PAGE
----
NewSpace in Japan




2018 has seen a year of great ambition and activity in the NewSpace sector in Japan.

Starting with Prime Minister Abe`s launch of a new fund of 100 billion yen ($940 million) of venture capital contributed by the Development Bank of Japan, Industrial Innovation Organisations and many other stakeholders to make space happen in Japan.

Concurrently, the Government initiated S-Matching program led by members of about 46 members and investors teamed up to match-make the perfect startup- investor relationship.  According to some, the success of such a program is too soon to tell, though my initial response is this is a very innovative idea, particularly when it is driven by the Government and supported by industry.

The few weeks, where I have had the opportunity to speak to many startups including: Astroscale, ispace, Infostellar, Gitai, Shojin meat Project and JAXA, Space Policy department from the Cabinet, Satellite Positioning Research and Application (SPAC) and stakeholders like Real Tech Fund, I started to  ask what is the appetite for NewSpace in Japan?

For those already active in NewSpace, the answer is obvious.

The grand vision for a space research center shaped like a crater as the Avatar x robotics research centre, the birth child of JAXA and All Nippon Airways is a first mover to bringing like minded talent together.  Building upon the credibility and flavor of xPrize- conceptually, it is a magnetic pull for all aspiring NewSpace startups particularly with specific interests in robotics.
And let`s not forget the self-made man and businessman, Yusaku Maezawa who boldly declares going around the Moon with SpaceX and with artists.  His video which launches his announcement and intention to go to the Moon is not just moving but resonates with everyone that has ever dreamed of going to Space.

If I had to make some preliminary observations about NewSpace in Japan it would be this:

  • The individuals that I have spoken to regardless from industry or background, are interested in space
  • They are keen to tap into the available resources be it private sector or Government to move their business closer to space
  • There are challenges and particularly with startups how do they transition with working with just old space and connect with NewSpace or non-space players
  • Space is exciting but hard, particularly for startups

So after much thought, it is the last comment that I would really like to build upon and make use of my time here in Japan.

What can you achieve with 6 months in Japan?

6 months is not a long time, 6 months is long – depending on how you look at it.

In a two hour meeting, which the ultimate question was what is your goal in Japan.

I humbly crossed my arms and looked up at the sky and thought – maybe a few more NewSpace startups?

It is difficult to talk business when you are talking about an infant sector, the prize is the vision of seeing the potential, and as all good entrepreneurs would say, seeing opportunities when those see none.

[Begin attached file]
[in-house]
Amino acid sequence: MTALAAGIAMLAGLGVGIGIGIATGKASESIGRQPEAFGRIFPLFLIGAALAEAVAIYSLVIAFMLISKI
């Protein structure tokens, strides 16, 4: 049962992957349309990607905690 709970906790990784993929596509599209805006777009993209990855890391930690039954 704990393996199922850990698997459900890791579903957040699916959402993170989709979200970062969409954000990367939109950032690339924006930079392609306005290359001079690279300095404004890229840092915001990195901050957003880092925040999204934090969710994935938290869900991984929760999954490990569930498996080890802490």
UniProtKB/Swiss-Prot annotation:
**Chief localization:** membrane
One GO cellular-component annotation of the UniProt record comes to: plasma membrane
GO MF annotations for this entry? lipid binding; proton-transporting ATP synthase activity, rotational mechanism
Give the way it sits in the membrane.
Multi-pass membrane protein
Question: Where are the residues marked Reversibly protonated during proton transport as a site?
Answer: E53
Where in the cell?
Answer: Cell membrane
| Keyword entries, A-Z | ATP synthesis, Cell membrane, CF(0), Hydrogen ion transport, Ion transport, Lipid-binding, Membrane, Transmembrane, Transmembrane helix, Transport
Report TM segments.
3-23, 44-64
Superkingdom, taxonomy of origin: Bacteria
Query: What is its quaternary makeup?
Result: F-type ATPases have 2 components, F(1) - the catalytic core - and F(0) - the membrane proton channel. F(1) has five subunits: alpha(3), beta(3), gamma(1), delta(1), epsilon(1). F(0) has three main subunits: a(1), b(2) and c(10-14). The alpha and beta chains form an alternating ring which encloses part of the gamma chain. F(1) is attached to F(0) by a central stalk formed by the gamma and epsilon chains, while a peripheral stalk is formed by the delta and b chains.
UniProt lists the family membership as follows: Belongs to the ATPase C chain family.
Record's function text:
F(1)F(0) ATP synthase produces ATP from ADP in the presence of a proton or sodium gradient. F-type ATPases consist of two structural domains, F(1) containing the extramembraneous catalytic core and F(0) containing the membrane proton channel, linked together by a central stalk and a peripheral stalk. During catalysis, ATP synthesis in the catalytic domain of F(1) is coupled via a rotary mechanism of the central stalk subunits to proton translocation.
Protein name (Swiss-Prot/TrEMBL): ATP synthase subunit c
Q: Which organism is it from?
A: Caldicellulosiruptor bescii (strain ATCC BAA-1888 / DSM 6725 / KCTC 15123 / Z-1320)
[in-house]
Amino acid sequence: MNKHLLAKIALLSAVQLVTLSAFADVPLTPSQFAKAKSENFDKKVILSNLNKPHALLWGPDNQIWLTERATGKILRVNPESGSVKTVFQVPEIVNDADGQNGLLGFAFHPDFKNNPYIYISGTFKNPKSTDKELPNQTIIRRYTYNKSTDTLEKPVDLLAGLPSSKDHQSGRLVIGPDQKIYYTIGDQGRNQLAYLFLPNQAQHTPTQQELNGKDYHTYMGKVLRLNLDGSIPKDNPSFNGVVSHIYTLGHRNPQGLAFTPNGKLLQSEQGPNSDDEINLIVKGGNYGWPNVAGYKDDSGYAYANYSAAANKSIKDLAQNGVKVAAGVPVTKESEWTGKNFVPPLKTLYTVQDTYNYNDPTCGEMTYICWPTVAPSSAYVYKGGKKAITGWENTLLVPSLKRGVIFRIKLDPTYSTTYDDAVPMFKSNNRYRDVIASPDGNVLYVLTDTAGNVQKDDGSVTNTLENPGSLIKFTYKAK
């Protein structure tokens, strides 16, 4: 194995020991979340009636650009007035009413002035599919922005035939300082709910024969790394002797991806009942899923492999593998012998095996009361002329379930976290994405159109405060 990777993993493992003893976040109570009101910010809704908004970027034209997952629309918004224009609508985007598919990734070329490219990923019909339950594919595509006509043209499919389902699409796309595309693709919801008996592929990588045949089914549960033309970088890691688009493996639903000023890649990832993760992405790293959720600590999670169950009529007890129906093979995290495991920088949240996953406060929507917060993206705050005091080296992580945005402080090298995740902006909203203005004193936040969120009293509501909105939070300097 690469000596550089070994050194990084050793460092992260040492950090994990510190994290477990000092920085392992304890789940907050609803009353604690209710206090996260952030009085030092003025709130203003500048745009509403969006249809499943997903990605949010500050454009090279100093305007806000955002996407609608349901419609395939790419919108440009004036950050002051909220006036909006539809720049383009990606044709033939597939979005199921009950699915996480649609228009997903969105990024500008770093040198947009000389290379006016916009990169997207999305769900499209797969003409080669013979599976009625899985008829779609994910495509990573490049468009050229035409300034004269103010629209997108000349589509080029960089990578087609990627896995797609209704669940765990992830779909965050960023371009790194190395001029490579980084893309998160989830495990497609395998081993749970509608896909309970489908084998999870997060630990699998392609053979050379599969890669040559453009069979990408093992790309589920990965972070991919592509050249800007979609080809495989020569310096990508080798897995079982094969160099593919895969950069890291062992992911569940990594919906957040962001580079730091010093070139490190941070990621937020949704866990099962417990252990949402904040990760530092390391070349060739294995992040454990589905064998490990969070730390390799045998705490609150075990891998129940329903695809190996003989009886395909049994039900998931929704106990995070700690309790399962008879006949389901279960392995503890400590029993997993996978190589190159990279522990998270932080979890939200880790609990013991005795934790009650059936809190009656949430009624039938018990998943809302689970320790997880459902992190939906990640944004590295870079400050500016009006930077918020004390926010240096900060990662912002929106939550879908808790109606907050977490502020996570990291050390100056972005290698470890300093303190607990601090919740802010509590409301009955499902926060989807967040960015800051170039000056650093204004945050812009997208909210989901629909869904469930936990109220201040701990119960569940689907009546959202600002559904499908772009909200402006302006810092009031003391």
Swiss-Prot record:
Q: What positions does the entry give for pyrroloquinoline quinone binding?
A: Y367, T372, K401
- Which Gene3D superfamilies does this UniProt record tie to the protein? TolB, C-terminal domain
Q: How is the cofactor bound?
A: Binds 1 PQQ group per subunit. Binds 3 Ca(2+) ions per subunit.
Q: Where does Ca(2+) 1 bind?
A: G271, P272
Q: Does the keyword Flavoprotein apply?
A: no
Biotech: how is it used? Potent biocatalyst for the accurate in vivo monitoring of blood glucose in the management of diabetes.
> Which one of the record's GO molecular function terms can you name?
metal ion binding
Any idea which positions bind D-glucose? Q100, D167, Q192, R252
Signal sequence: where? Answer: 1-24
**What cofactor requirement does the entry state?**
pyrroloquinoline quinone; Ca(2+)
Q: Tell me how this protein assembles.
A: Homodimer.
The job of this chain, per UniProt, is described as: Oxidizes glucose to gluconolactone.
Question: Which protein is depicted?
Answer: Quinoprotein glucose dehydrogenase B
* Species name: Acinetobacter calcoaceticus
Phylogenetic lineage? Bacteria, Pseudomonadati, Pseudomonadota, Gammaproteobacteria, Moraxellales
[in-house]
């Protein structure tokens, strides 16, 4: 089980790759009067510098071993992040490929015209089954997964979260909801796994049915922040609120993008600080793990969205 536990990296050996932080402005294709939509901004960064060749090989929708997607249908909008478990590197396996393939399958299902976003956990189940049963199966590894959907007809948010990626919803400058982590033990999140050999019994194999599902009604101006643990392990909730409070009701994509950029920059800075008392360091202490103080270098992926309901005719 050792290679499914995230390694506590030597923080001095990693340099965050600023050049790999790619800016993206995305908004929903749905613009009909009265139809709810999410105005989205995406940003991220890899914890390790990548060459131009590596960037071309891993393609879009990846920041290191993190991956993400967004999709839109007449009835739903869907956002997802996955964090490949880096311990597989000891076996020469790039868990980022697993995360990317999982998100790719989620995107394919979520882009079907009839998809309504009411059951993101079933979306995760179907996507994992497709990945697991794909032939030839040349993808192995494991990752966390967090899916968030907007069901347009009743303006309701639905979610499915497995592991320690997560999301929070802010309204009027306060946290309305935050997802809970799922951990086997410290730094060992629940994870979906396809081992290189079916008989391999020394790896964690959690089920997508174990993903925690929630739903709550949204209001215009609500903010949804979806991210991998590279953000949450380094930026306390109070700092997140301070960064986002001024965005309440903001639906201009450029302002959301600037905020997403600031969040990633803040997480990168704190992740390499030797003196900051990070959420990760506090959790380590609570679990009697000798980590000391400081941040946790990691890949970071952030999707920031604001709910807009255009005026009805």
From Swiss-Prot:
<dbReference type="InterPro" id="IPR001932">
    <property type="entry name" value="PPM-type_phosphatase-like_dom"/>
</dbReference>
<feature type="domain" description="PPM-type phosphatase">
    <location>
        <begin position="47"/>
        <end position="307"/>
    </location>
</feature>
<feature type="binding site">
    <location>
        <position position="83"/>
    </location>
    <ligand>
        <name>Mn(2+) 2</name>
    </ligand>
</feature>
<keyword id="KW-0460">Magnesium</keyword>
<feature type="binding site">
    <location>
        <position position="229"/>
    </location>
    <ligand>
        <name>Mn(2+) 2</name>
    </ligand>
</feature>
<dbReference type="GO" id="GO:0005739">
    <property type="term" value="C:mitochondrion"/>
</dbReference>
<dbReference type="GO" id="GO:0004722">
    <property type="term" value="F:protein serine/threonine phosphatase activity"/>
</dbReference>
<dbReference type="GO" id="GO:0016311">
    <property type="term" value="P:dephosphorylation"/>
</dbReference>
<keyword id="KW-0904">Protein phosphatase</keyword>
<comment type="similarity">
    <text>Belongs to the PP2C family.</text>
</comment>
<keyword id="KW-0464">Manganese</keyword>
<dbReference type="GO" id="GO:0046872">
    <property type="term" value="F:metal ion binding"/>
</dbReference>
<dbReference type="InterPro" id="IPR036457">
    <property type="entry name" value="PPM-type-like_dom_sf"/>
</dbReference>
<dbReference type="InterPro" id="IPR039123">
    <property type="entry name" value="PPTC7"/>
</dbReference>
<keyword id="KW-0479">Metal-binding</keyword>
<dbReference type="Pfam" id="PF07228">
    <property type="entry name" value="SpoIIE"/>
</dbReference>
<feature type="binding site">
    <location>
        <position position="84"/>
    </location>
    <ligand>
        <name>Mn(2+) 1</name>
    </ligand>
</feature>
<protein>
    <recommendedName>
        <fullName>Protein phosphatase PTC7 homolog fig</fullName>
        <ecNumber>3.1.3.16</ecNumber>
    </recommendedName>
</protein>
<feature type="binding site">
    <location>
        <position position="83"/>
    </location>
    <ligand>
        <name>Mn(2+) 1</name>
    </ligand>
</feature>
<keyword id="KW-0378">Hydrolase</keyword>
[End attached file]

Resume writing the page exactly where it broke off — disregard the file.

The journey has just started and I have to put my thanks forward to those that are welcoming me to visit their hometowns and cities, from Osaka to Fukuoka, Oita to Kyoto, Okinawa to Hokkaido.

My thinking is this.  There is Silicon Valley, before that it was apricot groves, all good entrepreneurs would tell you this.  Since Silicon Valley, every other city that has attempted to replicate the same buzz, the same talent has not quite got there.  Why?

The magic is in the sauce, and nobody knows how to make it.

As I sat through a whole day on EU- Japan Regional collaborations, where city to city industries, share success stories and congratulate each other on collaboration.  The more I listened the more I started questioning – what does it mean?  Exactly?


In 2019, I am going to explore Japan and understand is there a potential for a EU-Japan Newspace hub and try to understand what and where exactly does the NewSpace appetite lie.

Is it dormant?

Is it alive and kicking?

Is it in its`infancy?

As I was invited to Nordic beer export tasting event, I asked the CEO, what are Japanese entrepreneurs good at?  They answered, improving things?  The word kaizen came into my mind right away.  What has Japanese business culture and etiquette taught us, much.  Now I need to understand how can it go further?  How can this talent, knowledge and capability be used to drive the industry upwards… space.

Hence, my logic of turning my original task into something more accessible to the people.  I was tasked originally as part of my MINERVA fellow to deliver a 100 page report on how EU-Japan NewSpace businesses can collaborate together.  Rather than doing that I decided a run a blog where I post weekly on my findings and invite submissions from startups, investors, and stakeholders themselves to contribute instead.

Also, I launched the EU- Japan NewSpace2060 Illustrated Haiku competition 2019 to engage the hearts and minds of the ordinary public.  The vision is big, yet the task is simple.  The simpler the better, they tell me, so I am listening.

Time, things take time, they tell me.  Particularly in Japan.

So I will work with the available time, resources and talented individuals to see what we can achieve in the next 6 months.

Thank you everyone for making 2018 so great.

It has been a tough, exciting and engaging year.  I look forward to 2019 and seeing NewSpace grow and particularly in EU-Japan NewSpace collaboration.

Arigato gozaimasu.


Emergent Technologies Expert Advisor on Space Applications & GNSS
MINERVA fellow, EU-Japan Centre

Writer and Editor of EU- Japan NewSpace2060 blog

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